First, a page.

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# Mathematics Exam Overview: GED Test Prep (page 2)

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Updated on Jul 5, 2011

### Exam Topics

The math section of the GED tests you on the following subjects:

• measurement
• algebra
• geometry
• number relations
• data analysis

Each of these subjects is detailed in this section along with tips and strategies for solving them.

### Using Calculators

The GED Mathematics Exam is given in two separate booklets; Part I and Part II. The use of calculators is permitted on Part I only. You will not be allowed to use your own. The testing facility will provide a calculator for you. The calculator that will be used is the Casio fx-260 SOLAR. It is important for you to become familiar with this calculator as well as how to use it. Use a calculator only when it will save you time or improve your accuracy.

### Formula Page

A page with a list of common formulas is provided with all test forms. You are allowed to use this page when you are taking the exam. It is necessary for you to become familiar with the formula page and to understand when and how to use each formula.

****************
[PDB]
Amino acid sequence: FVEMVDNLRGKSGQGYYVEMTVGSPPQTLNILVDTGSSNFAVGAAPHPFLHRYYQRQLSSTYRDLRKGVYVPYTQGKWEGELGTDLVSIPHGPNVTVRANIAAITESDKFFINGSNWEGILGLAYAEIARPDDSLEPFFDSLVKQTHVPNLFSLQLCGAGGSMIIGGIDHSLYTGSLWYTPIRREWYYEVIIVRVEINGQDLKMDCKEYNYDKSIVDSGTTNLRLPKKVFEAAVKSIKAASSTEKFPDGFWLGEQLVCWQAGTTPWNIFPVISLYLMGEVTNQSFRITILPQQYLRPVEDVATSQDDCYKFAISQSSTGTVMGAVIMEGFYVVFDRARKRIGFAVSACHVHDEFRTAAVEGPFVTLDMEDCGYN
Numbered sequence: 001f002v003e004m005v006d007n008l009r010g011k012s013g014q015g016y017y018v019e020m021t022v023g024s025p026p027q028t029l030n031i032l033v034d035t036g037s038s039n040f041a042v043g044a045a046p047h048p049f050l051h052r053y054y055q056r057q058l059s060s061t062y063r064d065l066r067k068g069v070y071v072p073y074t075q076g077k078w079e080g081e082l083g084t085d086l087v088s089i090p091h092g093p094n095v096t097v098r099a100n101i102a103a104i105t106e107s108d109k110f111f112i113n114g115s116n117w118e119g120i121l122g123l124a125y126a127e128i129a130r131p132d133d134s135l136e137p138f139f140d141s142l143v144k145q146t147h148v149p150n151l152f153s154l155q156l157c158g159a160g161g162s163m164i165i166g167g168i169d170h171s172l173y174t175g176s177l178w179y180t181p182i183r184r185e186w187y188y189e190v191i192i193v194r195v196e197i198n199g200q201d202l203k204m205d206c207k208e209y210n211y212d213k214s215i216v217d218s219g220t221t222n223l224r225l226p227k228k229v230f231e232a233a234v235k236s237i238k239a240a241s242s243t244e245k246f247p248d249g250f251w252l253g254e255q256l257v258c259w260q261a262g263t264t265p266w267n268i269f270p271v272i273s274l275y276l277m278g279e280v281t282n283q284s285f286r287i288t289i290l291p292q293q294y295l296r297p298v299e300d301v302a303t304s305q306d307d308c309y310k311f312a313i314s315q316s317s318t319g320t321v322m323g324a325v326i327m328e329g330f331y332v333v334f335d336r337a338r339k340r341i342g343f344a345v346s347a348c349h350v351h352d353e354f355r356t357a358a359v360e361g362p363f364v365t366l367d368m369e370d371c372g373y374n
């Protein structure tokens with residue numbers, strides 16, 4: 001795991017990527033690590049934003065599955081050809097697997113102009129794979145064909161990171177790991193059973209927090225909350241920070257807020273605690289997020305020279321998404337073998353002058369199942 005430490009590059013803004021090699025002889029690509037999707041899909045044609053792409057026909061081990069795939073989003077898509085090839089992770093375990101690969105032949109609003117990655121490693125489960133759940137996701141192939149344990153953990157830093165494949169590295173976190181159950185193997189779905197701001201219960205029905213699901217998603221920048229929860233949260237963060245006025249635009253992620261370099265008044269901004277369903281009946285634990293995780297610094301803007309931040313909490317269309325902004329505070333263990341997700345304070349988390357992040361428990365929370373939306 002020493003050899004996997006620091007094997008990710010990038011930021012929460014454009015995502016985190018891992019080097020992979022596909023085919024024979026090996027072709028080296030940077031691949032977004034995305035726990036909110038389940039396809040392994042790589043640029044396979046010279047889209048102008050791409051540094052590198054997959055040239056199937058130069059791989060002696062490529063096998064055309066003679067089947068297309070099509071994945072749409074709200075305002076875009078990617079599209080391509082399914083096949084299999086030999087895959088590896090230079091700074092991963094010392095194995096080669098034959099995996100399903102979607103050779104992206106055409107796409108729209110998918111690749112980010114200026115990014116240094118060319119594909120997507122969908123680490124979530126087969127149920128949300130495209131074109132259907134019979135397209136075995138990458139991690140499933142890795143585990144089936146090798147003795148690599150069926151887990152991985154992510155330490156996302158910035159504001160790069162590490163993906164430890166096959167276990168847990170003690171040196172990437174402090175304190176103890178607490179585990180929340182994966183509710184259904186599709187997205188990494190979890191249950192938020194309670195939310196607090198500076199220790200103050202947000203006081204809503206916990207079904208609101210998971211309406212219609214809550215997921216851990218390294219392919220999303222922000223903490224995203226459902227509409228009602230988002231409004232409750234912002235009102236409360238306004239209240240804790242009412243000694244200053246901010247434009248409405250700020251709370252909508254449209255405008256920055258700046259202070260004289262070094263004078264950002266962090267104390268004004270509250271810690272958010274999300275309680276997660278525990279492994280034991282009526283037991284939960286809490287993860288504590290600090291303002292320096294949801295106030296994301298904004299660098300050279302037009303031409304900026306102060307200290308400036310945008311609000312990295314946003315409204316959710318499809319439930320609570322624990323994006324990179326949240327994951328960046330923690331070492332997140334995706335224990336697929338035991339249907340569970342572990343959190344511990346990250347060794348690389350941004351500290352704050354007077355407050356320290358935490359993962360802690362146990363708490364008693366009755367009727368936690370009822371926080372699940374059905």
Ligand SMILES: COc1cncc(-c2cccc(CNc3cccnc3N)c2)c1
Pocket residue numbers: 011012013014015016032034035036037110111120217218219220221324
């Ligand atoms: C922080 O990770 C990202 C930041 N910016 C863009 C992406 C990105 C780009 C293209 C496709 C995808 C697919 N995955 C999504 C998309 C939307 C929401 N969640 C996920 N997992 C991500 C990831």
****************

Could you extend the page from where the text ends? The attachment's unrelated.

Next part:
### Gridded-Response and Set-Up Questions

There are ten non–multiple choice questions in the math portion of the GED. These questions require you to find an answer and to fill in circles on a grid or on a coordinate axis.

### Standard Grid-in Questions

When you are given a question with a grid like the one that follows, keep these guidelines in mind:

• First, write your answer in the blank boxes at the top of the grid. This will help keep you organized as you "grid in" the bubbles and ensure that you fill them out correctly.
• You can start in any column, but leave enough columns for your whole answer.
• You do not have to use all of the columns. If your answer takes up only two or three columns, leave the others blank.
• You can write your answer by using either fractions or decimals. For example, if your answer is , you can enter it as a fraction, 1/4, or as a decimal, .25.
• The slash (/) is used to signify the fraction bar of the fraction. The numerator should be bubbled to the left of the fraction bar and the denominator should be bubbled in to the right. See the example that follows.

• When your answer is a mixed number, it must be represented on the standard grid in the form of an improper fraction. For example, for the answer 1, grid in 5/4.
• When you are asked to plot a point on a coordinate grid like this one, simply fill in the bubble where the point should appear.